You already know that hyperlinks and call-to-action links are an important part of the content strategy formula. But it’s not enough to simply insert as many as you can, with the hopes of scoring SEO points and potentially overwhelming people reading your content. A linking strategy should define where you place them, which words you hyperlink and which pages you link to.
Why are Hyperlinks Important?
Let’s pretend you’re not a marketing manager, but the owner of a small shop that relies on street traffic. Your first priority is getting shoppers in the door. (You could compare your window display and signage to the type of SEO work we do to attract organic traffic to your site.)
Once inside, you want them to explore past the first rack, to browse your shelves, examine items of interest and even step into a dressing room. Your ultimate goal – your call to action – is for them to make a purchase.
In this hypothetical store, the details matter: how you arrange your shelves, where top-selling merchandise goes and where you post eye-catching ‘clearance’ signs.
Web content works the same way. Strategic linking assures users don’t stop at the front door (your homepage). Instead, they click further into your site, visiting multiple pages to browse, and interacting with your content (sign up for newsletters, request an appointment, follow you on social media, etc.)
One of the key ways we can facilitate this user journey is how we utilize hyperlinks.
Hyperlink vs. Call to Action Link
There are two ways to include links in your content. Both have a place, but there are key differences:
- A hyperlink is more passive: Waltham-based Charles River Interactive is a full-service digital marketing firm.
- The call to action link – or CTA – invites the user to take action and keep reading: Waltham-based CRI is a full-service digital marketing firm. Learn more about Charles River Interactive.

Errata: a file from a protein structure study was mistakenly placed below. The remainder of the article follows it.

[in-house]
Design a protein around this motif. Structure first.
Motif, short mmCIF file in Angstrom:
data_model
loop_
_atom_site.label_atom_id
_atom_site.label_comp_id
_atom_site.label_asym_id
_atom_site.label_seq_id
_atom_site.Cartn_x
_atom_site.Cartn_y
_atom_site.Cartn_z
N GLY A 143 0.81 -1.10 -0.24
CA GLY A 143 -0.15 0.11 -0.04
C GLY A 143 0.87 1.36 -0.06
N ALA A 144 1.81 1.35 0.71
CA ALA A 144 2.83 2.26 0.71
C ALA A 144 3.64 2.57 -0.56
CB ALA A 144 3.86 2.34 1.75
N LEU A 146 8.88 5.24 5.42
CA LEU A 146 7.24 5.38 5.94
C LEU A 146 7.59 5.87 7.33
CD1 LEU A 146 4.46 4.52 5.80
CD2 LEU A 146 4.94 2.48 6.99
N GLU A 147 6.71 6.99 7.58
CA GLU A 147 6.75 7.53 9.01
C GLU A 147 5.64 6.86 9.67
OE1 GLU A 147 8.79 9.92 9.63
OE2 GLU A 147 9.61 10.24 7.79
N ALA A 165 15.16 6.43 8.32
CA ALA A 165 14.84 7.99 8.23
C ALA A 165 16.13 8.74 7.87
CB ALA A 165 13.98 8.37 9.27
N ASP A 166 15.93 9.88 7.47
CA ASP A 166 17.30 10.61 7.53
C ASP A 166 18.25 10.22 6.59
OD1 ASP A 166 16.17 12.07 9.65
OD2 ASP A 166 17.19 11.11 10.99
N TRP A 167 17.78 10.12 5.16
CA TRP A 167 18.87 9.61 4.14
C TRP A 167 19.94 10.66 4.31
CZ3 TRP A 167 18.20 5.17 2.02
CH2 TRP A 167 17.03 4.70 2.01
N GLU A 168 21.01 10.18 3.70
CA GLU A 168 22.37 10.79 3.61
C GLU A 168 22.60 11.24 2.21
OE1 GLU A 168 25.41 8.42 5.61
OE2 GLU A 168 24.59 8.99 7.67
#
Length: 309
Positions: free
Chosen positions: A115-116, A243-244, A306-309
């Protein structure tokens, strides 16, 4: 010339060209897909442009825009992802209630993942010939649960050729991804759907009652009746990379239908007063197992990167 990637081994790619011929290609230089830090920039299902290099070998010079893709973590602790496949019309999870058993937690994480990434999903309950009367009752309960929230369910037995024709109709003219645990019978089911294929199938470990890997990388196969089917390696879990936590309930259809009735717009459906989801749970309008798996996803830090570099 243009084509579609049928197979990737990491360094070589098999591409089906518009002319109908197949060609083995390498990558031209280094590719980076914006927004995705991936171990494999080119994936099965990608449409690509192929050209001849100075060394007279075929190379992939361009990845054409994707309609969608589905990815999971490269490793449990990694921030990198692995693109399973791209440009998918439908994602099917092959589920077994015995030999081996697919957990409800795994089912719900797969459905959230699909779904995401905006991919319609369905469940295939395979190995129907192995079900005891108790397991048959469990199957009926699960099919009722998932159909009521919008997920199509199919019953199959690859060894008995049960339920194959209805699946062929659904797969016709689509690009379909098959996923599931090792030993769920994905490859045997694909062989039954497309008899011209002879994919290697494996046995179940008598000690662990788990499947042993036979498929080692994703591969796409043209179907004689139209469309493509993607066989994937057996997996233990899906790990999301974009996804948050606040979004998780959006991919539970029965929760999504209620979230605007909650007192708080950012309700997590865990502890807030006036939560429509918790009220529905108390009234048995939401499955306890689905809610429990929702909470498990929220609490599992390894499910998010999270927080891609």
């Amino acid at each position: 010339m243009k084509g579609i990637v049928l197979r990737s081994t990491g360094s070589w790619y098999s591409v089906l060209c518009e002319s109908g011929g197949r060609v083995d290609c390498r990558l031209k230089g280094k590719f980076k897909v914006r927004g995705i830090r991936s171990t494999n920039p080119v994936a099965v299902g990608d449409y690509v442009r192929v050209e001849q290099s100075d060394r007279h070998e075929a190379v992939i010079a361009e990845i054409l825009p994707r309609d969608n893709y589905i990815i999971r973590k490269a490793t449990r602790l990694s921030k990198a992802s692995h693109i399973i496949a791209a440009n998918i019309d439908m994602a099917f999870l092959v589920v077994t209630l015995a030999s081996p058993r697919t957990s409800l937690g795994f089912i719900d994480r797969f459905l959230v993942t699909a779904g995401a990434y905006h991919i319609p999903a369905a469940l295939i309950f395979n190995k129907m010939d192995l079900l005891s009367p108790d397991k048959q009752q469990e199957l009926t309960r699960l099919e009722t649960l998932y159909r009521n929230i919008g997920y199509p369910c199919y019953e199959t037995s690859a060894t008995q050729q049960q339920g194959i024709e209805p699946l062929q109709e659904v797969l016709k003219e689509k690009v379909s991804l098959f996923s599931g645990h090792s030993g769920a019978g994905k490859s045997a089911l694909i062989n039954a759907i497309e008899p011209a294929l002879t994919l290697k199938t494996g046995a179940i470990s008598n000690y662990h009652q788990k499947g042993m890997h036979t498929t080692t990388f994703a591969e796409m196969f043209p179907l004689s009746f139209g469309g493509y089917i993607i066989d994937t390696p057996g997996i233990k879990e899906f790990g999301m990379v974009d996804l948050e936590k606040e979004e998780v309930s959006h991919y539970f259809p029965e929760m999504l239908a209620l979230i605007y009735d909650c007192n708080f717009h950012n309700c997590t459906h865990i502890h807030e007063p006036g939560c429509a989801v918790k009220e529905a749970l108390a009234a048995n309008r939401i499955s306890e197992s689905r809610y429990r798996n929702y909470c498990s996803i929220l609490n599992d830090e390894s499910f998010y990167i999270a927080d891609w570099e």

Which strategy do you think would get more clicks?
With a passive hyperlink, the link to the company website is there as a ‘soft sell,’ much like the end cap in your store. If this sentence appeared in the content at a place where you definitely want interested users to visit this page, you want to use a call to action link instead.
Web Writing Best Practices for Hyperlinks
- Formatting: It may sound like common sense, but make sure your links appear with unique formatting: a different color is typical, but you may also bold or underline linked text.
- Internal vs. external links: Use links that take users away from your site as little as possible. Why send away your traffic? If it’s necessary, make sure these links open in a new tab.
- Never, ever say ‘click here’: Make it your golden rule. Yes, the goal of a call to action link is to encourage the user to take action. But think about it as being helpful, not demanding. Phrases like ‘Read more about …’ or ‘Learn more about …” let the user feel like they have more control, and as a result, they are more effective.
- Anticipate action: Web users hate surprises – especially when pages and files pop open unexpectedly. Don’t risk visitors closing out your site. Just be courteous and help them understand what happens if they click a link: ‘Download our information packet’ or ‘Watch our how-to video’ tells the user that a file will open and a video clip is about to play.
- Match pages with links: The hyperlinked text should match the page title – or H1 – of the page to which you are linking. Don’t just link random text and expect users to know where it goes; they are unlikely to take that leap of faith, and may be confused when they arrive there.
- Put a CTA on every page: Don’t get stuck with a ‘dead-end page’ that leaves users with nowhere to go. Every single page on your site should include a call to action link, and be rich with hyperlinks. This even includes your 404 redirect page. Remember: When you stop giving users something to do, they stop interacting with your site.
Interested in learning more about content development? Read more from our blog, View from the Charles: